Written by Nick Fedele:
In general, the running costs incurred for a motor vehicle are deductible in the proportion that it is used for work and business. Examples of costs that are deductible include fuel, maintenance, registration and insurance, and depreciation. Depreciation is deducted using the diminishing value method at a rate of 25% of the cost of the car; however, a cost limit is imposed which sets the maximum amount that can be used for the depreciable cost of the car. For the 2017-18 financial year the car limit is $57,587.
If you are a small business entity (i.e. operating a business with aggregated turnover of less than $10 million), the increased instant write-off threshold is available to you to claim an immediate deduction for vehicles purchased that cost less than $20,000.
If your business is registered for GST, the maximum GST credit you can claim on car purchases is limited to one-eleventh of the car limit. This amount also needs to be adjusted for any private use of the vehicle. For the 2017-18 financial year the maximum credit that can be claimed is $5,235.
When purchasing a motor vehicle you should also be aware of the luxury car tax (LCT). The LCT is imposed at a rate of 33% on cars purchased above the luxury car threshold. The GST-inclusive threshold for the 2017-18 financial year is $75,526 for fuel-efficient cars and $65,094 for other cars.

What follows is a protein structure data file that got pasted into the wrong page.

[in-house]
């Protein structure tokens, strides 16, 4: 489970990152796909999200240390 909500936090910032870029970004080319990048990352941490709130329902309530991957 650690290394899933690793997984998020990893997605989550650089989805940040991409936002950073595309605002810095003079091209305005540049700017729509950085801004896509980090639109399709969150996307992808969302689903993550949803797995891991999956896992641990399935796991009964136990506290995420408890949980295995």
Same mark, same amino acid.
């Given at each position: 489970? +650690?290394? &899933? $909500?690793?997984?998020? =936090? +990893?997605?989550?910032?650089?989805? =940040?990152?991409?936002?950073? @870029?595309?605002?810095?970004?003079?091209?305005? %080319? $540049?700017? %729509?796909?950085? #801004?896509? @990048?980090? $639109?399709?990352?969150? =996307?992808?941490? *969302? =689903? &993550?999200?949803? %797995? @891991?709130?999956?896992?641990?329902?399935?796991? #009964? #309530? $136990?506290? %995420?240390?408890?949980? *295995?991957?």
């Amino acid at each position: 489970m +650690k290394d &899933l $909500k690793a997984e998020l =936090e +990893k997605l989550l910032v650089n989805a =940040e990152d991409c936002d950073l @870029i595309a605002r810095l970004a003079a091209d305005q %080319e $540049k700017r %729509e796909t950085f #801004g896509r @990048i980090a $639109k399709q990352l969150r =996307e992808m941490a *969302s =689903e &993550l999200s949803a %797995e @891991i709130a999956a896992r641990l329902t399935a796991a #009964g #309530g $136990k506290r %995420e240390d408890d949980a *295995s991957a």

When claiming a deduction for the costs incurred for a car two methods can be used to calculate the deduction. The first is the cents per kilometer method, which allows you to claim a maximum of 5,000 business/work kilometers per vehicle at a rate of 66 cents. You do not need written evidence to support the amount of kilometers you have travelled under this method. Given the set limit the maximum deduction under this method is $3,300.
The second is the logbook method which allows you to generally claim all the running costs incurred for your vehicle by apportioning them on the business use percentage. The percentage is calculated by keeping a logbook and apportioning the business/work related travel over the total travel of the car in the logbook timeframe. The required timeframe to keep a logbook is for a period of 12 continuous weeks that is representative of your travel throughout the year and each logbook you keep is valid for 5 years. In addition to keeping a logbook, this method requires you to keep written evidence of all the costs incurred.
This communication is general in nature and current as at the time of production. The information contained in this communication does not constitute advice and should not be relied upon as such. Should you wish to discuss any matter raised in this article, please feel free to contact us.